Palestinian administrative detainees are boycotting courts for four months, B’Tselem said

B’Tselem: "Courts function as a rubber stamp for apartheid regime"

Palestinian American terrorist Muntasir Shalabi is brought to the courtroom for a court hearing at the Israel's Ofer military court near the West Bank city of Ramallah, October 5, 2022, Shalabi guilty of murdering 19-year-old Yehuda Guetta at the Tapuah junction. (photo credit: FLASH90)
Palestinian American terrorist Muntasir Shalabi is brought to the courtroom for a court hearing at the Israel's Ofer military court near the West Bank city of Ramallah, October 5, 2022, Shalabi guilty of murdering 19-year-old Yehuda Guetta at the Tapuah junction.
(photo credit: FLASH90)

All Palestinians in Israeli administrative detention have since January 1 been boycotting the military court proceedings in their cases, B’Tselem announced on Tuesday.

Although there have been such boycotts or prisoner strikes in the past, many have included hunger strikes, which tend to be resolved much quicker than in four months.

Usually there is a resolution when Israeli officials offer a small number of concessions out of prisoners’ long list of demands, but here it was unclear if a resolution is on the way.

“No Israeli official has addressed their concerns, and the courts continue hearing the detention orders as usual,” said B’Tselem. “Since the boycott began, the courts have heard dozens of cases – in the absence of the detainees and their lawyers.”

According to the Israel Prison Service, Israel is currently holding 579 Palestinians in administrative detention.

Palestinians hold the pictures Palestinian prisonners detained in Israeli prison starting a  hunger strike against the administrative detention in  the  village Dura, on September 17, 2021. (credit: WISAM HASHLAMOUN/FLASH90)Palestinians hold the pictures Palestinian prisonners detained in Israeli prison starting a hunger strike against the administrative detention in the village Dura, on September 17, 2021. (credit: WISAM HASHLAMOUN/FLASH90)

“Military court proceedings in administrative detention orders are no more than a facade of judicial review,” B’Tselem argued. “In these hearings, the detainees merely play the part of extras in a show designed to legitimize their incarceration. The state’s choice to continue the hearings as usual without the detainees or their lawyers simply proves it.”

"The military courts conduct a comprehensive, substantive, and substantive judicial review of each administrative detention order," the IDF said in response to the news.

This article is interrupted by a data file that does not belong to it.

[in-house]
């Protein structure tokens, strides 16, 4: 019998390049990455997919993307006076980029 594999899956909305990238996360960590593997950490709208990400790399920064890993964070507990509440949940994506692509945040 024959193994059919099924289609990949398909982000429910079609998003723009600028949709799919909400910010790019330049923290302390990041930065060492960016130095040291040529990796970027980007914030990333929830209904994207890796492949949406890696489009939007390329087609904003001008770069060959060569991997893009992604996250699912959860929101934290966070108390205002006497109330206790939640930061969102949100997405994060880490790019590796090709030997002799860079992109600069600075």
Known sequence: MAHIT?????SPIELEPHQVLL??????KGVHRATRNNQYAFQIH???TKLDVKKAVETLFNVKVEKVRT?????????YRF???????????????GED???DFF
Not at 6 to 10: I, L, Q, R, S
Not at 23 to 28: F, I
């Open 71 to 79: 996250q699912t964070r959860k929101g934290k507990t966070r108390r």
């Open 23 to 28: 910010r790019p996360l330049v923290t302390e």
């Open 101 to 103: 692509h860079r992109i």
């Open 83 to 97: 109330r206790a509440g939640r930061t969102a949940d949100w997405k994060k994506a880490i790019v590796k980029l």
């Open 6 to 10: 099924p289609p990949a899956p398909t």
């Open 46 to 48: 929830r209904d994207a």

"By law, once an administrative detention order has been issued there is an obligation to conduct a judicial review regardless of the detainee's will and this is conducted in a meticulous and thorough manner. The claim that these are idle proceedings is baseless. The decisions of the military courts are subject to review by the Court of Appeal and the High Court."

However, it has previously said that administrative detention is critical to saving lives when intelligence knows that a Palestinian is dangerous, but where Israel cannot reveal all of the evidence – as in regular criminal proceedings – without endangering sources and methods.

Although Israel requires judges to hold hearings and review evidence before approving these detentions, the NGO claimed, “The judges completely ignore that Israel’s use of administrative detention renders it unlawful. In violation of the restrictions placed by international law, Israel makes routine, extensive use of administrative detention.

“In the overwhelming majority of cases, the judges accept the Shin Bet’s [Israel Security Agency] claim regarding the ‘security risk’ that justifies the detainee’s immediate incarceration.”

B’Tselem is equally unimpressed with Israel allowing Palestinian appeals to the Supreme Court – though this move goes beyond international law’s minimalist requirements – asserting that the court rarely intervenes.

Another issue is that detainees only get to see a paraphrase of the evidence against them. The NGO said this means they never fully know “the reason for the detention and cannot challenge the allegations supposedly made against [them].”

B’Tselem also claimed that “in some cases, the judges request to see the classified material; in others, they do not review it or make any attempt to examine the information that led to the detention. In any case, the fact that the detainee cannot address this information empties the judicial process of any meaning.”

Moreover, “the court’s working assumption that administrative detention is a lawful measure. The judges only question how this power is implemented: did the military commander apply reasonable discretion in the case before them? At no point do they examine the legality of the measure itself.”

There are other countries that use administrative detention, but Israel justifies the much higher volume in which it uses it, citing itself as the world’s most threatened democracy.

The two former chief justices of the IDF West Bank courts both supported reforms to give representatives of detainees more access to the evidence against them, but the Shin Bet has mostly blocked these ideas.

The B’Tselem report noted that from the beginning of 2015 until the end of July 2017, 3,909 administrative detention orders were issued for Palestinians.

Of the orders heard by the courts during that time, 2,953 (75%) were authorized and 390 (10%) were shortened with no restrictions placed on their extension.

Another 48 orders (1.2%) were rejected, 181 (4.6%) were shortened and their extension restricted, and 320 (8.1%) were authorized and their extension restricted, said the NGO.

Absolute numbers have gone up and down, with 184 Palestinians in administrative detention in August 2012, 652 in August 2016 and 355 in August 2020.

Most were extended for six months to two years.